These ships are replicas of the infamous ships that Christopher Columbus sailed around the ocean blue. A company constructed the replicas and is taking them on a whirlwind tour of port cities along the East Coast, the Great Lakes and various rivers in the Midwest region.
I don’t really believe in Columbus as the discovery-man he is revered as, but I still wanted to check out the ships.
It was a pretty awesome experience.
Both the Nina and Pinta were constructed in Brazil, by shipwrights that have been building ships for eight generations. Each one took around three years to complete.
The Nina is an exact replica of the original. I was blown away by its size— it was really, really tiny! It was tied up to the port in Wyandotte, MI and I felt like I was going to be knocked outta the ship because it rocked and rolled with a vengeance.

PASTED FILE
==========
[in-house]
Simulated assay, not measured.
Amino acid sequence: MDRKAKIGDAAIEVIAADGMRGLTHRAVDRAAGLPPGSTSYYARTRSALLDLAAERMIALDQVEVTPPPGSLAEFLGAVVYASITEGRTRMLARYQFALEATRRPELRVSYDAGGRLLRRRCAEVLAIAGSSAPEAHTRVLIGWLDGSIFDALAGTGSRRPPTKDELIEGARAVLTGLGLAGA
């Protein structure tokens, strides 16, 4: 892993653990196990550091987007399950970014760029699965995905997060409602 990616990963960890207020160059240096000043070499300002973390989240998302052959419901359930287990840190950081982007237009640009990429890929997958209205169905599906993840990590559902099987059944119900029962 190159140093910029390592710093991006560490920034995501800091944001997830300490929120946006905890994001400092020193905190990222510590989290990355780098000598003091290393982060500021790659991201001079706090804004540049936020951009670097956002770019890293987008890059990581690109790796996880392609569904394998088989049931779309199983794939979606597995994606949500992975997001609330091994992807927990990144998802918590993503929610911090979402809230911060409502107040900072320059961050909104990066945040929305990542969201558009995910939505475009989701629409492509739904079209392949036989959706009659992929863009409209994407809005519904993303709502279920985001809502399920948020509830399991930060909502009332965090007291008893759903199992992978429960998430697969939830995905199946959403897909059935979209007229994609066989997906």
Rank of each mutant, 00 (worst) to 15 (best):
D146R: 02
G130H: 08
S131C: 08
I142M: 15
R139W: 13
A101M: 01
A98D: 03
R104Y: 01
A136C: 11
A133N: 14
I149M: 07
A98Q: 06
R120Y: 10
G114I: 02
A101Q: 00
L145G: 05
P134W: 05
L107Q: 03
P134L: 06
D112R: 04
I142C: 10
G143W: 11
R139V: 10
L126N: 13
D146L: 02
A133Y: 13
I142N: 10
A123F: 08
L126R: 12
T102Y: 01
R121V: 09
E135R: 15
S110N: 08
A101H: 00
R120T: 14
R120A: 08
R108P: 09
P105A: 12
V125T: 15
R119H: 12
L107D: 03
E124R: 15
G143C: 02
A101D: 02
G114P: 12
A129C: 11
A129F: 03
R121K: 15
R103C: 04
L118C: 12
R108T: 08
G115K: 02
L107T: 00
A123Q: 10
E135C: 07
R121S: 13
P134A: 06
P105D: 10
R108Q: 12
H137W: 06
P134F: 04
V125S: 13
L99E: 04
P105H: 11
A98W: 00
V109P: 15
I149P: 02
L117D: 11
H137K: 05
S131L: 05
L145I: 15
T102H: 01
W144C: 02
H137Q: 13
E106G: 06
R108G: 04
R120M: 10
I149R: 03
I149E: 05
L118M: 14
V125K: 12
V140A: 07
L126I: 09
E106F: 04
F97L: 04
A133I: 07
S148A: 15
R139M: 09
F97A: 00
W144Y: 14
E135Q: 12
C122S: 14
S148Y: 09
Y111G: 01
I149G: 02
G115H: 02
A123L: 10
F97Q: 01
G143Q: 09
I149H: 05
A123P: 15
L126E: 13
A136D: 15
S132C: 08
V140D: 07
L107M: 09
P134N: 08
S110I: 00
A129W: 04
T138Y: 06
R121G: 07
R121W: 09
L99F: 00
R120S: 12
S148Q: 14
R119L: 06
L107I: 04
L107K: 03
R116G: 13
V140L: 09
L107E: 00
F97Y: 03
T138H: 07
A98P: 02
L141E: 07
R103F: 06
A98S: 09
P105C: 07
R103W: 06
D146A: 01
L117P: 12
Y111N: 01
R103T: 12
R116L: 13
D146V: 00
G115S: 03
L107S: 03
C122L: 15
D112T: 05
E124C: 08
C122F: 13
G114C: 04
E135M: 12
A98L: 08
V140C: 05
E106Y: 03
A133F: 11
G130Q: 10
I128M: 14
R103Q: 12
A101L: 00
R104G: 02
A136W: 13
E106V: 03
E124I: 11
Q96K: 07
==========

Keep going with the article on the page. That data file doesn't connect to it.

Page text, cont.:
The Pinta was the larger of the two and was a little more steady. I still could not imagine taking this baby for a spin in the ocean. It seems unbelievable. I guess that the first voyage took seven months to complete, which I can’t really comprehend fully because I was only on there for 20 minutes max.
The ships themselves were amazing. The masts rose high into the sky and were really something. The thing that took me by surprise was how sturdy they were. The replicas were created by hand, using lo-fi hand tools: axes, hand saws and chisels were the main contenders. The wood was felled from local Brazillian forests and the planks were sealed with pine tar, which is water-resistant.
Where is the Santa Maria you ask? Legend has it that Columbus was not a fan of the Santa Maria, so there’s that. He thought she was ‘slow and clumsy.’ The ship also never made it back to Europe so I guess it has a smaller fan base.